As a filter feeder, whale sharks feed on small fish, squid, plankton, and crustaceans. Some of its most common prey includes krill, copepods, fish eggs, squid, Christmas Island red crab larvae, and small fish. They have also been observed feeding on eggs during large spawning events of fish and corals.
These giants feed by opening their mouth and swimming forward to push the water in their mouth. They will also use active suction, opening and closing their mouths repeatedly to suck water in. It is estimated that a juvenile whale shark can eat 46 lbs. of plankton in a single day.
Whale Shark and Human Interaction
Little is known about the populations of whale sharks, but they are listed as endangered due to human activity. Whale sharks are killed due to illegal fishing for their fins, oil, and skin, which is sold in China. They are also commonly victims of bycatch in commercial fisheries, where they get caught in nets set for other animals and drown. Their large size and surface feeding habits also put them in danger of boat strikes, and being hit by a boat can kill whale sharks.
Thankfully, whale sharks are being recognized for their value alive, in the ecotourism industry. Tourists are drawn to a number of different whale shark aggregation locations to swim with wild whale sharks. Because these creatures are so docile, they do not pose a threat to humans and commonly allow close swimming interactions.
Whale sharks have not been domesticated in any way.
Does the Whale Shark Make a Good Pet
Ha! If you can build a tank large enough for a whale shark, and hire a specialized team of aquarists experienced in their care, maybe a whale shark would make a good pet. But alas, they are endangered species, and it is illegal to own a whale shark as a pet.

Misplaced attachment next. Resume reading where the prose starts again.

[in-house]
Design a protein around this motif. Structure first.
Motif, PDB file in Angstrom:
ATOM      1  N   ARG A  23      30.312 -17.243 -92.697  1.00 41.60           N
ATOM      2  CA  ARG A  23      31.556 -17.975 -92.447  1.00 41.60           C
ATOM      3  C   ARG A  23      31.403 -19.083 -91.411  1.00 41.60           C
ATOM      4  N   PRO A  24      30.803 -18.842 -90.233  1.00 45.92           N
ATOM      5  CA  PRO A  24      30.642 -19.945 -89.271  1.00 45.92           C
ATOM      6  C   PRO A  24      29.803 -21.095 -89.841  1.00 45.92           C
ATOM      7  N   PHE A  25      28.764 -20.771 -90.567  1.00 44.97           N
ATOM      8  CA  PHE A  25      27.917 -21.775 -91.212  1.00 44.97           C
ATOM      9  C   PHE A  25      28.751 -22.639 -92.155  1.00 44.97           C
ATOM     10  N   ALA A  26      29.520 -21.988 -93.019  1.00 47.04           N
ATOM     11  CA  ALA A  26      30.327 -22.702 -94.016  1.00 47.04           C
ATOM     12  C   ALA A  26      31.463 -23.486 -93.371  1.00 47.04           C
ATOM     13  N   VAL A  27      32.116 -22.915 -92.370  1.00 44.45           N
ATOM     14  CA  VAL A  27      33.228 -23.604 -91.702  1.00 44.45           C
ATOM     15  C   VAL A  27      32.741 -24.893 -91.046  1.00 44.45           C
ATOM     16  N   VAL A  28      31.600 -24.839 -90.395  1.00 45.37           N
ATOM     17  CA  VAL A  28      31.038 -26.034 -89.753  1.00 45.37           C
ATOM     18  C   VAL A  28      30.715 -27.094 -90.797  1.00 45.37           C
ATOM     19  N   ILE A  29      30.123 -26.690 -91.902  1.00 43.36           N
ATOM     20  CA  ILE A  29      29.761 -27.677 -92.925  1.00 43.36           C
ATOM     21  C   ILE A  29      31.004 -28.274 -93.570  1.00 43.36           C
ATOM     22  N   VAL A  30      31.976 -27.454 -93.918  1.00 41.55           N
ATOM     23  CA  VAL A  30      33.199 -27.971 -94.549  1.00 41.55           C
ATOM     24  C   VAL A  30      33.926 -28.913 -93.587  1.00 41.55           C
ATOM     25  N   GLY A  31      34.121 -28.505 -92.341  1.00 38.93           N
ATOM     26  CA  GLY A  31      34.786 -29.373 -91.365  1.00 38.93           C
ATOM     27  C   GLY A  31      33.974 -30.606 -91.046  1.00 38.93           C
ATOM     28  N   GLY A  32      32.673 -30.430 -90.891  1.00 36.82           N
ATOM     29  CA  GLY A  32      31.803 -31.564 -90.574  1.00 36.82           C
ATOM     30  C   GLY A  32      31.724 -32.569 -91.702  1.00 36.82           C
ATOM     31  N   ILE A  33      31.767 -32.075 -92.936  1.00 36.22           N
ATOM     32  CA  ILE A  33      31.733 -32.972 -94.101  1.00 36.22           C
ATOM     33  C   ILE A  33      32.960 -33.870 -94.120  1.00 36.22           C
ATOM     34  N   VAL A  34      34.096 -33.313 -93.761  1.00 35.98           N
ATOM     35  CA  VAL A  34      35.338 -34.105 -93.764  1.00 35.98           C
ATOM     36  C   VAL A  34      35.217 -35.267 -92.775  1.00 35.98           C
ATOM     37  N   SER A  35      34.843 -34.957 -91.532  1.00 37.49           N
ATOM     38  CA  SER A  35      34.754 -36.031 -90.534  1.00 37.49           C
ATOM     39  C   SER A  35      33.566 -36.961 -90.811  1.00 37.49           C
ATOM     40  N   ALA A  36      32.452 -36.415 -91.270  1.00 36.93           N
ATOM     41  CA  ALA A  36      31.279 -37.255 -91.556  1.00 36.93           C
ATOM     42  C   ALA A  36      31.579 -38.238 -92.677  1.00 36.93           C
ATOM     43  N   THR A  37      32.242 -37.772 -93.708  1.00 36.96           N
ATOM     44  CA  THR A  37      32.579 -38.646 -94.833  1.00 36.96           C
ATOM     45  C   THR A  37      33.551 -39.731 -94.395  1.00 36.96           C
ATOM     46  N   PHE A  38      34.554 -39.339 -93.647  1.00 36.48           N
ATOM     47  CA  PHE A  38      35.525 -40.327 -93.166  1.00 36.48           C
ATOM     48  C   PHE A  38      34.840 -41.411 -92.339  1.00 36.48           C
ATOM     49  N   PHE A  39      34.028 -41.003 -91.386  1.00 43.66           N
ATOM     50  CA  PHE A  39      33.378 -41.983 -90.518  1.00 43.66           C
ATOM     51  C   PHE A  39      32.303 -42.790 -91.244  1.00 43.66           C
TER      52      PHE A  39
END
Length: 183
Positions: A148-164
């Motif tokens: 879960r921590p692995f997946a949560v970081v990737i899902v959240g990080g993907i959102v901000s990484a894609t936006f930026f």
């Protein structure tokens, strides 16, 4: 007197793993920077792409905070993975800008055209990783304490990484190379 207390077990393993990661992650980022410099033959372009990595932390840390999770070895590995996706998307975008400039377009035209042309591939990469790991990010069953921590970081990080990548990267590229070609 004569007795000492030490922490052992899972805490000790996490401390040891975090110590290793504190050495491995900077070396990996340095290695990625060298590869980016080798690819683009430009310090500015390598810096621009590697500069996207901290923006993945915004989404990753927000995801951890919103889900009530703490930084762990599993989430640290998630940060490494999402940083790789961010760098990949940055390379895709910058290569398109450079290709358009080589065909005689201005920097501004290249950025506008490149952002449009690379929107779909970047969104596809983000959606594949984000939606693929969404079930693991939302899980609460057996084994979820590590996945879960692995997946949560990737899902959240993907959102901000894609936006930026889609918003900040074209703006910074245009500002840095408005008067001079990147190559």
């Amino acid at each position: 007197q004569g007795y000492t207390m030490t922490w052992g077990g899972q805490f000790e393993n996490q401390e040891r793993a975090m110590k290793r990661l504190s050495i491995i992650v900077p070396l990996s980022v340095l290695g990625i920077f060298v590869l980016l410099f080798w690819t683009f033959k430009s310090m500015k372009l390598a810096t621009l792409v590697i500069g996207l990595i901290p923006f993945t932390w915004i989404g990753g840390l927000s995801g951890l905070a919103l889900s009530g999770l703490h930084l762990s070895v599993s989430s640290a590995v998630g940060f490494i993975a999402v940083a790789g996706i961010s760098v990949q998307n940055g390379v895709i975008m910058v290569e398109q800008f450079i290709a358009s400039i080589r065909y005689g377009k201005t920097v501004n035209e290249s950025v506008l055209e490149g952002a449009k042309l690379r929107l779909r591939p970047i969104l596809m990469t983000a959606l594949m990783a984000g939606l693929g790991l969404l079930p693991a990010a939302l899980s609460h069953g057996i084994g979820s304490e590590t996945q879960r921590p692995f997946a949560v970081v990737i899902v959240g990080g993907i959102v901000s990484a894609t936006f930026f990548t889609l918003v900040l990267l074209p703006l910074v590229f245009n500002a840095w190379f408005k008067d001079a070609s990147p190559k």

Whale Shark Care
The only whale sharks in a U.S. aquarium are housed at the Georgia Aquarium. These sharks were purchased from Taiwan’s commercial whale shark fishery, where they were destined to be someone’s dinner! Taiwan has since disbanded their commercial fishery.
At the Georgia Aquarium, four whale sharks are housed in a 6.3 million gallon tank. Before arriving at the aquarium, the sharks were taught to feed from specialized scoops. They are fed a specialized gel diet, as well as krill.
Behavior of the Whale Shark
These sharks are very slow moving, and spend much of their time cruising and feeding. They are solitary unless they are mating or moving to seasonal aggregation locations. These aggregations can be up to 400 animals, and scientists believe the gatherings may also include breeding or giving birth.
Reproduction of the Whale Shark
Very little is known about whale shark reproduction. No one has ever witnessed the mating process of whale sharks, nor the whales giving birth. Captured specimens provide all of the reproductive information we have on whale sharks.
Whale sharks are ovoviviparous, which means that the fertilized eggs remain in the womb until they hatch, and then the mother gives birth. It takes approximately 30 years for a whale shark to reach sexual maturity.